Thursday, May 21, 2009

Children's International Bible Art Competition

Children's Bible Art Competition
I've been in discussion with Randolph Capp from the United Bible Societies about the possibility of jointly running an 'International Bible Art Competition' for children. The idea is to encourage the Bible artists of the future!

The competition would be open to children of all ages and from all countries, and would be judged by an international panel of Bible artists. We have not as yet discussed this in detail so I don't know what the prizes might include, or how many age groups the competition could be divided into. The brief would probably be:
"Draw a Bible picture based on any story in the Bible, and include a brief description".

I would also like any Bible Artists who would be willing to be on the international panel of judges to contact me. This is in the very early stages and so it may or may not materialize. If you have any ideas or suggestions about how the competition might work, or what the prizes could be, let me know, and I will forward your emails on to Randolph.
Many thanks.

Picture © Natalie Thrall 2009

Sunday, May 17, 2009

Attention all illustrators!

I had an email a couple of days ago from Bible Artist Keith Neely. Keith informs me that he has three filing cabinets filled with magazine pictures that he's been collecting for over 30 years that he is willing to give away to anyone interested! Keith explained that because all of his work is now Bible related, and due to the fact that he is approaching semi-retirement, he no longer has use for them.
Keith, quite rightly, doesn't want this collection to go to waste as it is a gold mine for any illustrator.

Just in case you are thinking that three filing cabinets full of magazine pictures doesn't sound very interesting, let me explain to you exactly what this collection is.
In his email, Keith used the term 'Scrap files' which I presume is the American name for a collection like this. In the UK we have the much grander term of 'Artists reference files'. I was going to liken artists reference files to 'Google Images' but it would be more accurate to liken them to your own personal library of 'Stock photography'.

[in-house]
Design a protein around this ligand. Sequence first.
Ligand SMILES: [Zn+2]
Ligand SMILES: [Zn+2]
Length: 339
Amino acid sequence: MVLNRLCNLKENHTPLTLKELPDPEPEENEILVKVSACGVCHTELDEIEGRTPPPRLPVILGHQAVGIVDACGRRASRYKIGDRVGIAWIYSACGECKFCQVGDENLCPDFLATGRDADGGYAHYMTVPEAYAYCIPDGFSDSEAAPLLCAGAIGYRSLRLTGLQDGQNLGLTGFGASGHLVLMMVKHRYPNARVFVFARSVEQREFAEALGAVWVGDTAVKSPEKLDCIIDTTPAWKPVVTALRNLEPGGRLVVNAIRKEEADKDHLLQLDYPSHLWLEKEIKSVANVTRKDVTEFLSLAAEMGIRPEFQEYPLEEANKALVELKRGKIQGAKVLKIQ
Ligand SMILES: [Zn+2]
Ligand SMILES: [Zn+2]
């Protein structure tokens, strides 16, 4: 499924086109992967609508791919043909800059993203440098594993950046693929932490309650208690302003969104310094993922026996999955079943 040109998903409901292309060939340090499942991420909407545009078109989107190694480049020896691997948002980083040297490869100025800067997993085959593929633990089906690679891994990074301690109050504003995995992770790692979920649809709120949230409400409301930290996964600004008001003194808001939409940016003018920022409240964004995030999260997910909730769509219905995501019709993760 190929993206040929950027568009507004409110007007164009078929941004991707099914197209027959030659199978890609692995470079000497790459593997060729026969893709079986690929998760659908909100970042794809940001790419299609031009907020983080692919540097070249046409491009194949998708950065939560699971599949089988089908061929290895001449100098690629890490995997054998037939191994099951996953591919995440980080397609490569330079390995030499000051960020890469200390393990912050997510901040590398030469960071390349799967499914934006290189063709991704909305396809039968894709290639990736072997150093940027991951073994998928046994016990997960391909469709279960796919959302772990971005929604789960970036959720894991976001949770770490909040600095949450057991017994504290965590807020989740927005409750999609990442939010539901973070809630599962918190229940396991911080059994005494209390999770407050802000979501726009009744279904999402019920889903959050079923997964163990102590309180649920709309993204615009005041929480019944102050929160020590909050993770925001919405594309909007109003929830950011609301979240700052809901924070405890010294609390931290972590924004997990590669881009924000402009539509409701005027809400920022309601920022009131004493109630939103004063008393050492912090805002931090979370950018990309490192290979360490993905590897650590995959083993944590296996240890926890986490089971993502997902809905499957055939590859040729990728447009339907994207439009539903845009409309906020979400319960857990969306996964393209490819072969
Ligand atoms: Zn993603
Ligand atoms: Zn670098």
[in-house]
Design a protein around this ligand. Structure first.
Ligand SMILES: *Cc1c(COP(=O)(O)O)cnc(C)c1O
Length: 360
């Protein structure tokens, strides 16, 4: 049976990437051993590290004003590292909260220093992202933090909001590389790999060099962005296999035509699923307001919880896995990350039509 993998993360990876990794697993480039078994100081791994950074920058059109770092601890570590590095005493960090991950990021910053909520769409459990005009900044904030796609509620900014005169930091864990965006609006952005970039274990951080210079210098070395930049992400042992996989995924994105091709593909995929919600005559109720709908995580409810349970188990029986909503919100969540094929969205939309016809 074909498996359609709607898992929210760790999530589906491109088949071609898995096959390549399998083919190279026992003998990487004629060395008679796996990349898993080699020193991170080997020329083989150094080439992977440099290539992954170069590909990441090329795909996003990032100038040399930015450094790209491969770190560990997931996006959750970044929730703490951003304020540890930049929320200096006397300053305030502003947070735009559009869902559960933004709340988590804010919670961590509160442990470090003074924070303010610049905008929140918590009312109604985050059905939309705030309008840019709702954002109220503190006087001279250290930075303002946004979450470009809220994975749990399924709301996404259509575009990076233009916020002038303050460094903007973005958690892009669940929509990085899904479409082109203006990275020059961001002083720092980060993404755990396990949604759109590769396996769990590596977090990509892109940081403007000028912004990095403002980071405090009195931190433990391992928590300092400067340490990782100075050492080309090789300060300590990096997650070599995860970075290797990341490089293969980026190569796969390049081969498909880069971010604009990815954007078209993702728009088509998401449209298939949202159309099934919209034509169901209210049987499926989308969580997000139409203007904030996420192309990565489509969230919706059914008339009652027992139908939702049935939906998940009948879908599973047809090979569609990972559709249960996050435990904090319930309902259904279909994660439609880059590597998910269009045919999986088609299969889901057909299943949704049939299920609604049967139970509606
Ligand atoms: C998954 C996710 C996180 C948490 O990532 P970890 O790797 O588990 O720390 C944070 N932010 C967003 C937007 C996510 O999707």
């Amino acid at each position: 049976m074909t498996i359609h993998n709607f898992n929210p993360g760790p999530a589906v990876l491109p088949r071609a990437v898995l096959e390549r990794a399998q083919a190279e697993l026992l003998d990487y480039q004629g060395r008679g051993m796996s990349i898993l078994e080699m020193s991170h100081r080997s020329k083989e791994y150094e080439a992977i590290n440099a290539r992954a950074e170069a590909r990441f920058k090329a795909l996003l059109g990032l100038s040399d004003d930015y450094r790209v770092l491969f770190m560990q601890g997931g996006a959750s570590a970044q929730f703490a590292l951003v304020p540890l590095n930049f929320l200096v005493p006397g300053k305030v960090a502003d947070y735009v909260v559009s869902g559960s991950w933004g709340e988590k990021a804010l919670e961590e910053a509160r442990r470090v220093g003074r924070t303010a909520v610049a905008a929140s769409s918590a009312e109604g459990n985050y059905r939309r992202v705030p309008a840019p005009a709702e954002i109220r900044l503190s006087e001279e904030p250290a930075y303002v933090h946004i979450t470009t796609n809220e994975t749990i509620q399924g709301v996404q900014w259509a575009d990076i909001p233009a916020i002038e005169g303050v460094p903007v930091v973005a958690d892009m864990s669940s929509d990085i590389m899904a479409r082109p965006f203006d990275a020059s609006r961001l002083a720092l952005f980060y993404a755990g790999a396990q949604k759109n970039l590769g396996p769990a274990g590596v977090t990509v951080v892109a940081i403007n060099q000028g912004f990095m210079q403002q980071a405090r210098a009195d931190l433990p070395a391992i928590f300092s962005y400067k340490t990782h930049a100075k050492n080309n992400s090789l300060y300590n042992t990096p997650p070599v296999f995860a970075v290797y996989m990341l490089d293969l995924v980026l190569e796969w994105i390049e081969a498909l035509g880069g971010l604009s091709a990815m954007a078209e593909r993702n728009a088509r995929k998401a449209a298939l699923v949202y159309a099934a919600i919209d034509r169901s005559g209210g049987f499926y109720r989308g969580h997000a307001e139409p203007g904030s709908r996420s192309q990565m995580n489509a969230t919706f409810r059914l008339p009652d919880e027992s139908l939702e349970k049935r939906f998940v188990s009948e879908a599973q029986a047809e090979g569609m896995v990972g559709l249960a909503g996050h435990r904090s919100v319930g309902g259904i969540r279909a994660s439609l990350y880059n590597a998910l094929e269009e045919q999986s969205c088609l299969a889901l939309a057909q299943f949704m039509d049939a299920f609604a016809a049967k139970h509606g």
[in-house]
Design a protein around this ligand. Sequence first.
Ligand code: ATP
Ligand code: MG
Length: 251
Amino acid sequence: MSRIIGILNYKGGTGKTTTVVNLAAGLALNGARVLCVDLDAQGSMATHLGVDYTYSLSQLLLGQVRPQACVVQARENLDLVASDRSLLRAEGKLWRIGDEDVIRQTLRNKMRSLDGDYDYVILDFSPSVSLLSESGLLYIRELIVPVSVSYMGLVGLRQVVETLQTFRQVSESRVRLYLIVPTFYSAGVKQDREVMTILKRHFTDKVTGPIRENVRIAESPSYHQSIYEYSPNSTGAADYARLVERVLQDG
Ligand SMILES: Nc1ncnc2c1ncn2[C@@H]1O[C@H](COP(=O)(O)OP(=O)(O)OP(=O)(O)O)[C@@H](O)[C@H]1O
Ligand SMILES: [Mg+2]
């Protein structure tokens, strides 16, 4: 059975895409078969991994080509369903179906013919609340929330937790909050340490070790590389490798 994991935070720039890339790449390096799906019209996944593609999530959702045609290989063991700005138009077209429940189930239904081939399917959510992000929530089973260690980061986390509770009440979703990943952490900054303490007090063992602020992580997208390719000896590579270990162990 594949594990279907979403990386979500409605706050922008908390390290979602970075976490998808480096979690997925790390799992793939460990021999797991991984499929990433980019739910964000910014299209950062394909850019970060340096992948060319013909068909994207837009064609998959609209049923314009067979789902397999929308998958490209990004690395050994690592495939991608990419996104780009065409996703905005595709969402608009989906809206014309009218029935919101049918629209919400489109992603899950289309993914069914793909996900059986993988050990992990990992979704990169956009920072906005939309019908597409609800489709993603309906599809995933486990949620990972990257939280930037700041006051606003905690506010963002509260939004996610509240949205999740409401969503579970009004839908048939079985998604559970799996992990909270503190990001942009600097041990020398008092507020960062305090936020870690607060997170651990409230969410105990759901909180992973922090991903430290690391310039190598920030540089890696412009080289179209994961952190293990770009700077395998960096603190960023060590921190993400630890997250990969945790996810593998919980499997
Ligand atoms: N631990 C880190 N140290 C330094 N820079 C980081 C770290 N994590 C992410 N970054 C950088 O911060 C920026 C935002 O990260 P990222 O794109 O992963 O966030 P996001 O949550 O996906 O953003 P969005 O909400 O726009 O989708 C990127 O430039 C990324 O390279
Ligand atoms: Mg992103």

Before the internet came into existence, many artists built up a collection of pictures to use for reference. They might be photos of mountains from National Geographic, or Pyramids from a travel brochure. These collections contained pictures of literally everything, which is why they took so long to collect and why they are never complete!

Not every artist saw the importance of such a collection, but I was fortunate to sit next to an artist back in 1976 who did. Mike Barrett had an artists reference system that was second to none! Mike had started his collection back in 1958 and It was contained in two filing cabinets in the office at D. C. Thomsons.
I remember once asking Mike if he had any references of an Italian Policeman as I had to draw one. After a couple of minutes, and with Google like efficiency, Mike produced a neat folder from his filing cabinet titled 'Foreign Police uniforms', and sure enough it contained photos of Italian policemen. That's how good these old reference systems were! It was Mike Barrett who said to me "An artist is only as good as his references!"

I don't believe that the internet has made these collections redundant either as they contain magazine quality pictures, (not low res Jpeg's), and these pictures are never likely to surface on the internet either. Collections like this are becoming very rare because the artists who own them are either already retired, (like Mike), or about to.

Keith lives in Indiana in the U.S. Anyone interested in his collection should email me at and I will pass on your email to Keith.